In a vague midnight tweet, Donald Trump has thrown a potential bouquet of positivity onto a car industry that’s been unsettled by the US-China trade tariff rhetoric.
Beijing will “reduce and remove” the 40% tariffs it places on US cars imported into China, Trump said on Twitter. If true, it would change the automotive landscape and open a big door for vehicles made in America to flow into the world’s largest car market.
In fact, it’s already having an effect. Share prices for most major automakers rose on the news, with GM’s stock rising more than 4% during overnight trading. Ford jumped about 3%, as did Tesla. Any deal of this magnitude would be a boon for German automakers as well. Daimler and BMW both assemble cars in America that the respective companies would surely be glad to export to China.
Automakers would be wise to keep their expectations in check, however, as the fustian bombast blaring from the White House’s internet connection seems to change almost daily. The ambiguous language used in Trump’s tweet is also problematic as, strictly speaking, one cannot simultaneously reduce and remove something. One can lead to the other though, so it is possible Trump meant China will initially reduce the tariff as part of a plan to eventually eliminate them altogether.
It goes without saying that no timelines were given for when the tariffs may disappear.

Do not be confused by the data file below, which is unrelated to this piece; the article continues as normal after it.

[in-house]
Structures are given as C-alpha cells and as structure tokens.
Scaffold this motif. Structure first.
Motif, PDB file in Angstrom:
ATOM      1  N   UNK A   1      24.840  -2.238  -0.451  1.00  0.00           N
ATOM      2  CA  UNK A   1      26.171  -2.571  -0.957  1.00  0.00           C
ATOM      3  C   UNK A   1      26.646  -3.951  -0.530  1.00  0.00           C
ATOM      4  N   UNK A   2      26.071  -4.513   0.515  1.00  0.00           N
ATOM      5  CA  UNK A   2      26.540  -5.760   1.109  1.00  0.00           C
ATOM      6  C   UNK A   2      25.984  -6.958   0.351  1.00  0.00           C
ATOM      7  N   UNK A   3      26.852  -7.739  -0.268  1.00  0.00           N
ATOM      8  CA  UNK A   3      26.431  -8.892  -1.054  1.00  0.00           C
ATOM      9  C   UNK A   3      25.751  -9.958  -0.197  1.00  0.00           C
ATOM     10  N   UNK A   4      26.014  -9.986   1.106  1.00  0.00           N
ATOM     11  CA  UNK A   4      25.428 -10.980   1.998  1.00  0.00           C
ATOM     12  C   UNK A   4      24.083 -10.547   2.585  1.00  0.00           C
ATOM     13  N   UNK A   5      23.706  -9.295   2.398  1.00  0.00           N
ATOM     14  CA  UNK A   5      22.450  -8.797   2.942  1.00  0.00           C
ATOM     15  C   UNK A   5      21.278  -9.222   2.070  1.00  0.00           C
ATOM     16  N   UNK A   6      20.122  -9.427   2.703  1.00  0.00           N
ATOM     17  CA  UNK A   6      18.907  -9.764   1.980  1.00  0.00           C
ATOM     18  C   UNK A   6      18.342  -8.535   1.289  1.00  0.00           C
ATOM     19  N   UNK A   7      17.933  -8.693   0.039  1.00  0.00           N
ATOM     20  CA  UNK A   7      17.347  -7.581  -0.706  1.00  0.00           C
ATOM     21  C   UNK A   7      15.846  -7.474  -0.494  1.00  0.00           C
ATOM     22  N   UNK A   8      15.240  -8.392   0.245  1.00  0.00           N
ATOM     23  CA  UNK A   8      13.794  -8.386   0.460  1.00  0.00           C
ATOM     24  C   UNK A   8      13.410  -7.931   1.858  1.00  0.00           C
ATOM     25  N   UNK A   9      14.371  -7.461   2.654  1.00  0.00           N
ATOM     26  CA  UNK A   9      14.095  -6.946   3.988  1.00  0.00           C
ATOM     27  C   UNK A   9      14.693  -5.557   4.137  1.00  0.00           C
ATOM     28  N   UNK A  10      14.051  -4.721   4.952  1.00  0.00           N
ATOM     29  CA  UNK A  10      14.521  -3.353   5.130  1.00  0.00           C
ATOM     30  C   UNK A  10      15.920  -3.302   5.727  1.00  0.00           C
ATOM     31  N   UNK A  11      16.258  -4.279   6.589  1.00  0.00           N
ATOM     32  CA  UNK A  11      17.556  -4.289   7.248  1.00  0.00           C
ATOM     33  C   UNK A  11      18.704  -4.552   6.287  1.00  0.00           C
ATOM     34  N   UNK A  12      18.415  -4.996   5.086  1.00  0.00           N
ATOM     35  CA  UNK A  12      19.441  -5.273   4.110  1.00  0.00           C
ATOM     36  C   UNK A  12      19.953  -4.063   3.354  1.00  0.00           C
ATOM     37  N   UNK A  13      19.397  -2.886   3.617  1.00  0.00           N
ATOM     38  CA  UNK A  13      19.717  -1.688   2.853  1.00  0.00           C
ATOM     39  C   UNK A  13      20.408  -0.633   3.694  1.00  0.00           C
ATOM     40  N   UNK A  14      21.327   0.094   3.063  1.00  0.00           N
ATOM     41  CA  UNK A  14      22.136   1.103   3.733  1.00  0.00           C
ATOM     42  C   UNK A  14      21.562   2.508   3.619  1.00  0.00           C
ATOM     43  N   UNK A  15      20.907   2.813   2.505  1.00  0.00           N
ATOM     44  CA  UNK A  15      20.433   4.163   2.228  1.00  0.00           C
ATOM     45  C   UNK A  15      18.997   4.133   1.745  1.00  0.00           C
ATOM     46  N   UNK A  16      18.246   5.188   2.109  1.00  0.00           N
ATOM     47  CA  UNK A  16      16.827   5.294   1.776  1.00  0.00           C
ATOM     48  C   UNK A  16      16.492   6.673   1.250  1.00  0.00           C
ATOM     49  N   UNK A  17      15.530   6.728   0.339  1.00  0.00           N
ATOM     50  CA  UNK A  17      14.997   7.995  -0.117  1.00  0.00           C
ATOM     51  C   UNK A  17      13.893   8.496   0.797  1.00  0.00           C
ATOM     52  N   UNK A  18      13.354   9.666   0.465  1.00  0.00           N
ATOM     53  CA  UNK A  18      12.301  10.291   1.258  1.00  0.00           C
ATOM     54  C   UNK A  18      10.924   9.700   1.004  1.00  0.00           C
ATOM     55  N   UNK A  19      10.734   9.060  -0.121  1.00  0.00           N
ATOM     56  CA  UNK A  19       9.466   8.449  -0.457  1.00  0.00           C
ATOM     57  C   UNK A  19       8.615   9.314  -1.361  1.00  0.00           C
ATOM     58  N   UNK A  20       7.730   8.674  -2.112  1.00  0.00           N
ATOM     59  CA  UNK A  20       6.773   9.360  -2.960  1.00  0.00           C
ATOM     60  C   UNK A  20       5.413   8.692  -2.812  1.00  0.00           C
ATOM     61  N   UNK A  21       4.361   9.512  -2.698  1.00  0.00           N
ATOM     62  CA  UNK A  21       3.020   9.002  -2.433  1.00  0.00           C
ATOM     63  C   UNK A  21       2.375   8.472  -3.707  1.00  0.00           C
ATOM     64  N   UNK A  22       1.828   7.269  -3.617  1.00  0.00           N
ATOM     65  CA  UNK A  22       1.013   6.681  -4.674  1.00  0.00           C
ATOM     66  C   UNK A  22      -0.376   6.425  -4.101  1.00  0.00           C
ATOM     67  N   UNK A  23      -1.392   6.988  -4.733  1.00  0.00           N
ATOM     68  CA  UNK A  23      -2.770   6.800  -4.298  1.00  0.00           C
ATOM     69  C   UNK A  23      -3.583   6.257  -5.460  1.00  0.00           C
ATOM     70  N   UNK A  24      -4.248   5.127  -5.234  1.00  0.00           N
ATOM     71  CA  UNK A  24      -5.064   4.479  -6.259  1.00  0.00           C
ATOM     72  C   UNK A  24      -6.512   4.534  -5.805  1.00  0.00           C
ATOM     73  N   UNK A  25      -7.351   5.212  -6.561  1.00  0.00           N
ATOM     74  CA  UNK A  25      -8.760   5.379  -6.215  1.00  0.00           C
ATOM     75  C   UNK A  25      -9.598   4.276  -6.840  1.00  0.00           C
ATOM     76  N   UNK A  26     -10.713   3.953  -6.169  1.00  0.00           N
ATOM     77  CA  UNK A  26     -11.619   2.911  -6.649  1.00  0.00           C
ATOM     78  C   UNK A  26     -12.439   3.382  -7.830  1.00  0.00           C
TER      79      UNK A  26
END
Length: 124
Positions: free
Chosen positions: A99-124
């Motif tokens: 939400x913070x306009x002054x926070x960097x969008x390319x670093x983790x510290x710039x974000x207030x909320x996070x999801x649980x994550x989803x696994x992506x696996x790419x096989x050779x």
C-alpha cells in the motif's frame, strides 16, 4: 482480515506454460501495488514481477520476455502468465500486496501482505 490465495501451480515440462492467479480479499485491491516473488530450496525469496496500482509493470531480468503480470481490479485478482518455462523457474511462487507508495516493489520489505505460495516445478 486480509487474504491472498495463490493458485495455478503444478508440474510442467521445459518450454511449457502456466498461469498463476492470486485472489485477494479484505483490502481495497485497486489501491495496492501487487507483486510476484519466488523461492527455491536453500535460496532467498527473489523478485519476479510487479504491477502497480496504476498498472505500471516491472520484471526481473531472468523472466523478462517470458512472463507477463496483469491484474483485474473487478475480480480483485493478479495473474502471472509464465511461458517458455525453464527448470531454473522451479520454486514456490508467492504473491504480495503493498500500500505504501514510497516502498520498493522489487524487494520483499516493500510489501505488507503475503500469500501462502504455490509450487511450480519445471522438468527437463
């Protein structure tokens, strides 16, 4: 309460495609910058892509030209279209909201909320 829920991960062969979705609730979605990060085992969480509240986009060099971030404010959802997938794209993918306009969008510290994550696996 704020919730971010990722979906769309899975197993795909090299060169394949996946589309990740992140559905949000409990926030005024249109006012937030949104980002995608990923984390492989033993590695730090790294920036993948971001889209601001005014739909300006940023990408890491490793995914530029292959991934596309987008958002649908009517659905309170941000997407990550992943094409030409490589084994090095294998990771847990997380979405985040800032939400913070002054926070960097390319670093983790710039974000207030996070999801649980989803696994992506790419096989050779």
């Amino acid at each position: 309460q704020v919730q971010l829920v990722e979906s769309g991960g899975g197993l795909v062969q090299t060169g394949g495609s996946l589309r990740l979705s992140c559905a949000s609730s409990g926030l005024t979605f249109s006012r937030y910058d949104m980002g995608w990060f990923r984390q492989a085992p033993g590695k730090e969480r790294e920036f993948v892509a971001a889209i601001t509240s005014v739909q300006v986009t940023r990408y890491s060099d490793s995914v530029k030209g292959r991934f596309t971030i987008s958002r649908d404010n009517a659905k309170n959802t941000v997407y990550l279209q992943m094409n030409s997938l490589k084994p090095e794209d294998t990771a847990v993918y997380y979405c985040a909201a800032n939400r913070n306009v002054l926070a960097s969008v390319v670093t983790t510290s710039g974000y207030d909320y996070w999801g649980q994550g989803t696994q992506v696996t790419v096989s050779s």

Beijing raised tariffs on U.S. auto imports to 40 percent in July, forcing many carmakers to hike prices. The move put American-made car brands at a major disadvantage. Especially hard hit was Tesla, a company which had enjoyed robust sales in China but, according to those in the know, moved only 211 cars there in the month of October. That figure represents a gob-smacking 70% drop compared to the same month one year ago.
Talking heads and auto industry experts in both countries voiced surprise at this news, as the issue of auto tariffs had not shown up in public statements released by both the American and Chinese governments.
Right now, American auto imports make up only about a single percentage point of the Chinese market, and a solid chunk of that are Tesla machines. While U.S. manufacturers do sell cars in that country to a local populace that seems to enjoy driving American-branded machinery, most of the vehicles are made locally through joint ventures between Chinese and U.S. companies such as SAIC-GM-Wuling.
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